Many of Paul’s teachings to the church are so practical to apply in our own lives. In the letter to the Church of Corinth, he writes of meeting others where they are: “Though I am free and belong to no one, I have made myself a slave to everyone, to win as many as possible. To the Jews I became like a Jew, to win the Jews. To those under the law I became like one under the law (though I myself am not under the law), so as to win those under the law. To those not having the law I became like one not having the law (though I am not free from God’s law but am under Christ’s law), so as to win those not having the law. To the weak I became weak, to win the weak.
“I have become all things to all people so that by all possible means I might save some. I do all this for the sake of the gospel, that I may share in its blessings.” (1 Corinthians 9:19-23)
At first glance, it seems contradicting. When we compare this teaching to all the verses that talk about being set apart or not conforming to the world and living differently, it doesn’t seem to make sense. As you dig deeper, Paul has revealed to us something that is needed in our lives. Meeting others where they are is something we often forget because we are caught up in our own walk with God.
A Goal-Focused Walk
In the last verse, Paul says, “I have become all things to all people so that by all possible means I might save some.” He gives us his main goal. His priority is to “win as many as possible.” This is important for us to also apply in our life.
What is your goal? Your mission? What is your priority?
When we don’t have goals, then we are more prone to losing focus and derailing from what we ought to do.
We all make goals throughout life. During these 40 Days, we can discuss one goal. The ultimate goal is to see the abortion clinic shut down, but the short-term goal is to see a mom choose life so that another life is saved.
More often than we can count, we have approached the thought of abortion and all those who participate in it as something that completely seperates us. Meeting others where they are is challenging when we feel a division. We might not do it intentionally, but being out on the sidewalk has become an “us” vs. “them.”
Loving Instead of Dividing
Here in this chapter, Paul gives a crucial application that we can practice. If our goal is to see a mom choose life, should we then not meet her where she is? Why would we come to her as a religious person if she is not? (Not to say that we deny Christ or not be Christ-like.)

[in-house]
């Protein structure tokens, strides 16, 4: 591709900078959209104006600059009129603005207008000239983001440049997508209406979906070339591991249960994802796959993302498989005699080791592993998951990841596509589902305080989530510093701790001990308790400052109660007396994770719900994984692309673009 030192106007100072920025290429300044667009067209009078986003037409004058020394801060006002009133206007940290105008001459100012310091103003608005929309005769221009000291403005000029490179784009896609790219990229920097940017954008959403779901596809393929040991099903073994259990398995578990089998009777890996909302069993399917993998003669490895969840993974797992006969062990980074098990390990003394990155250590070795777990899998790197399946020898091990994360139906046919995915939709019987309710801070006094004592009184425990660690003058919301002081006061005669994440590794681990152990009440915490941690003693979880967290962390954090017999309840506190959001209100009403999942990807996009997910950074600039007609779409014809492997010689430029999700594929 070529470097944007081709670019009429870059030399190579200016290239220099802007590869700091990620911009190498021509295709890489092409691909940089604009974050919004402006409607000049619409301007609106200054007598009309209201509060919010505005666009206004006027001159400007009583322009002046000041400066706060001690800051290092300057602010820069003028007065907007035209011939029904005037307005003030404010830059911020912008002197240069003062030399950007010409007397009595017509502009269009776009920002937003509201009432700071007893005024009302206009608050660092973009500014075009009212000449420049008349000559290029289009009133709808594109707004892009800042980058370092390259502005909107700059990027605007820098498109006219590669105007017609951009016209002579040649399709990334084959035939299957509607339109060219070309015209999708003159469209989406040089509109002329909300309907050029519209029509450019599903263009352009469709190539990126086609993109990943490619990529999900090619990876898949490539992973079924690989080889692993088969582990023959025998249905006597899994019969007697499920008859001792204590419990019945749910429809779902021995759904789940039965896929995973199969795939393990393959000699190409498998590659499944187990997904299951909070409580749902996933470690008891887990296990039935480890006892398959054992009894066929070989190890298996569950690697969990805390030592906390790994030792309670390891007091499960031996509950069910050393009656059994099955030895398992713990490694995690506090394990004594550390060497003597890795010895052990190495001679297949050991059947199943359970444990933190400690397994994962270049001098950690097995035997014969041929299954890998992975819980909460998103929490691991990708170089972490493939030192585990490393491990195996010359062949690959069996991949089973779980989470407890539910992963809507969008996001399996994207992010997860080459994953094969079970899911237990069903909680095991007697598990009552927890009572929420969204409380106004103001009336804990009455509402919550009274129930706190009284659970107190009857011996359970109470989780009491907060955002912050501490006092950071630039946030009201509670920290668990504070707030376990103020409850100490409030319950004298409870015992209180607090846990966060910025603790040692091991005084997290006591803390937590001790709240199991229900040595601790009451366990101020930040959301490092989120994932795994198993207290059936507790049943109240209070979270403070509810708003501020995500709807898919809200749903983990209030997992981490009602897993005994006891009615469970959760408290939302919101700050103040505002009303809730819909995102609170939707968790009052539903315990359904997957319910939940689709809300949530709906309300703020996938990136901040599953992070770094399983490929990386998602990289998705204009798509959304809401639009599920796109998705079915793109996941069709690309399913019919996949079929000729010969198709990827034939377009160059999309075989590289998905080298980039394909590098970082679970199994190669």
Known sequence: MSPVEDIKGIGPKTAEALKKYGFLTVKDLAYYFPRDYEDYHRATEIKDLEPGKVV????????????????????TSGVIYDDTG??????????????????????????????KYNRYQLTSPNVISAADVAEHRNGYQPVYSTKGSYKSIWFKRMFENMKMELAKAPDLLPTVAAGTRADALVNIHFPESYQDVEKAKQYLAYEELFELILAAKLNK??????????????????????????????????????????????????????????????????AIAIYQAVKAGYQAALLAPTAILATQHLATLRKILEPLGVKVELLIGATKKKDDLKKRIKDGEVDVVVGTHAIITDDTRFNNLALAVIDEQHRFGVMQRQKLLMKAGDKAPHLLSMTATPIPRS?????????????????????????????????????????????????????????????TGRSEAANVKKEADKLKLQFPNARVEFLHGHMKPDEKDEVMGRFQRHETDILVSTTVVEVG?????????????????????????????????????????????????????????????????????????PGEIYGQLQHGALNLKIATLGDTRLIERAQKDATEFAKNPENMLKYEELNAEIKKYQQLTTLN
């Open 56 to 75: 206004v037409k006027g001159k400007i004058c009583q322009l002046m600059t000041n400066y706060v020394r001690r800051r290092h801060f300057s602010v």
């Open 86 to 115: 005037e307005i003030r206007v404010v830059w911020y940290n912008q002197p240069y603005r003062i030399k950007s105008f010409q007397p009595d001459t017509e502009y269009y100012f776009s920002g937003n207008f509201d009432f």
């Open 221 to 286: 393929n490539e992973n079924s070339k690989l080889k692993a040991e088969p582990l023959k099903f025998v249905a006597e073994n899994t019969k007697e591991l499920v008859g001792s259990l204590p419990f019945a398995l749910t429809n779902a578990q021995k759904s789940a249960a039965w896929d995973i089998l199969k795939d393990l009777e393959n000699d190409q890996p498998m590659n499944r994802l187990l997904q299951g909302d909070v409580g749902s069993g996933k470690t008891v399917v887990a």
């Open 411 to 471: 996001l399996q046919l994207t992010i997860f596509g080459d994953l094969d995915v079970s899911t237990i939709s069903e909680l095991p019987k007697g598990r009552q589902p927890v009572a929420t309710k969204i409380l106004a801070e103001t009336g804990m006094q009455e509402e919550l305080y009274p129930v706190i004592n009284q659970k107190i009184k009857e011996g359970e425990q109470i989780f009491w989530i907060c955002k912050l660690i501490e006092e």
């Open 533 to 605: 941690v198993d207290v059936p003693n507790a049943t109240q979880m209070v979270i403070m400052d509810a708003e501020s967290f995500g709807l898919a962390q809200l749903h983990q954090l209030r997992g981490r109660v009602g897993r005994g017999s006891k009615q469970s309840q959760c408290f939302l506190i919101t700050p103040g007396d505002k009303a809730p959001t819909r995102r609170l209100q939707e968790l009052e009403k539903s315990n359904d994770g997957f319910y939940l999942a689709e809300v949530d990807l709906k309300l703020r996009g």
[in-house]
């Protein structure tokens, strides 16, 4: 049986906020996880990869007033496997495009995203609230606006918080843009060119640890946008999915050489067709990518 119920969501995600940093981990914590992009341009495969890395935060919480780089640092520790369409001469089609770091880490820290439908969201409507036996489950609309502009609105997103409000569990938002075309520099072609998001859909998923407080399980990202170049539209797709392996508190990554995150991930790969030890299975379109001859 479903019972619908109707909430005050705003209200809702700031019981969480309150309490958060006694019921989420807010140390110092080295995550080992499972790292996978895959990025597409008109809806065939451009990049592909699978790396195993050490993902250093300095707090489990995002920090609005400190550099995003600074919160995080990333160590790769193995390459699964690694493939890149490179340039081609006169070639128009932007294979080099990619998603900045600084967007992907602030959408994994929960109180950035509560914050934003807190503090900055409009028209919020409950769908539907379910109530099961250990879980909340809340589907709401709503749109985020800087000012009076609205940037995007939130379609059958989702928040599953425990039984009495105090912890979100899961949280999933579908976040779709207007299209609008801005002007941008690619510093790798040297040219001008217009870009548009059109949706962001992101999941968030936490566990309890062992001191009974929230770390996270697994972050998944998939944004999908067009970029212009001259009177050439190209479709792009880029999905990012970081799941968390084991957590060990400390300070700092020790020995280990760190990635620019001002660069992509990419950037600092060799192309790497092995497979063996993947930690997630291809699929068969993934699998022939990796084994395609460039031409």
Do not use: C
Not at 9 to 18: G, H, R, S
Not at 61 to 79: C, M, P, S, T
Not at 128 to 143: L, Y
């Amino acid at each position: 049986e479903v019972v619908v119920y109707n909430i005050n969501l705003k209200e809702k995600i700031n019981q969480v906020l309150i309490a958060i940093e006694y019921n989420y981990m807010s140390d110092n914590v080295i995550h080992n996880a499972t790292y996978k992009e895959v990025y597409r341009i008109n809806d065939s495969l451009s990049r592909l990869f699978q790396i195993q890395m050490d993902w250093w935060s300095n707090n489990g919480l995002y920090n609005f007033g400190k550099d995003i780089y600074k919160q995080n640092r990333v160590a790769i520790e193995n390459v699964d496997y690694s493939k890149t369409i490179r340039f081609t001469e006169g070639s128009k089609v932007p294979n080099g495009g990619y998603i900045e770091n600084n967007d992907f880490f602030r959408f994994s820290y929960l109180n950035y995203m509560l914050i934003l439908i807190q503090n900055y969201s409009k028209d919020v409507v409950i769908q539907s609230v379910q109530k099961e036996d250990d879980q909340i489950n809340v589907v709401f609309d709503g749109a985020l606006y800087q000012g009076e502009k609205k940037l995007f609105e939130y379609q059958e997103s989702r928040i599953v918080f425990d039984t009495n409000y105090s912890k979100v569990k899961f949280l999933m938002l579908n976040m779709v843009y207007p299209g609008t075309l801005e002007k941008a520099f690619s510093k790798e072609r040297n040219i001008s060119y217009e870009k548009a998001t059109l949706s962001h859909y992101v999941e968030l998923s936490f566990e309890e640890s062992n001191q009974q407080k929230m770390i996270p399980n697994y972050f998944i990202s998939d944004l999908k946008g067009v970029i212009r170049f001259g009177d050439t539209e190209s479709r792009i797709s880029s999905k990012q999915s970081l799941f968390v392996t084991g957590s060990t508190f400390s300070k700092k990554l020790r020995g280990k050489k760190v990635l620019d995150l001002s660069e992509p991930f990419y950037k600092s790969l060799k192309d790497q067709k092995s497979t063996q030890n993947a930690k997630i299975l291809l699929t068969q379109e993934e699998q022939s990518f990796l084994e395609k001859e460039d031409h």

Like Paul writes, “to the weak I become weak, to win the weak.” Meeting others where they are does not mean that we get an abortion or agree with it in order to reach those who have had one or are for it. What he is getting at is that we must humble ourselves to meet that person at the level they are at and not at the level we are at.
Paul met his audience at the level they were at in hopes of getting them to the level he was at. As hard as it is, this requires listening so that we come to understand where they are in order to speak accordingly to eventually win them over. As you continue in your walk with Christ and mature, let’s not forget where we came from and how we all have and can relate to each other.
Devotional for Day 15 Scripture:
“But the wisdom from above is first of all pure, then peaceable, gentle, compliant, full of mercy and good fruits, without inconstancy or insincerity. And the fruit of righteousness is sown in peace for those who cultivate peace.” – James 3:17-18
Reflection: Don’t be afraid, my dearest brother, though you may have seen or may still see the devil sending your spiritual discouragement and darkness by filling you with all sorts of evil thoughts and preoccupations in order to disturb the peace and patience of your heart and soul. One ought never to be discouraged because of any struggle one might experience, nor ever abandon any exercise or duty or anything else. If you can do nothing else, at least stand before the cross of and say, “Jesus! Jesus! I entrust myself to our Lord Jesus Christ.” Realize that God’s goodness allows the devil to torment us in order to make us humble ourselves and recognize his goodness, and to make us take refuge within his most tender wounds as a child takes refuge in its mother. Keep living within the tender wounds of Christ, and in God’s holy love. – St. Catherine of Siena
Prayer: Lord Jesus, we come before you and ask for your Holy Spirit of peace and goodness. We realize that we cannot do anything good in and of ourselves. In our battle against the wickedness of the spirit of abortion which continues to plague El Paso and Santa Teresa, help us to surrender to Your love and to transmit Your love, peace, gentleness, and mercy toward the abortionist Franz Theard, and all of the abortion workers at the “Women’s Reproductive Clinic.” May the reality that evil has lived in our own backyard, move each and every one of us to seek your loving, merciful face. Amen.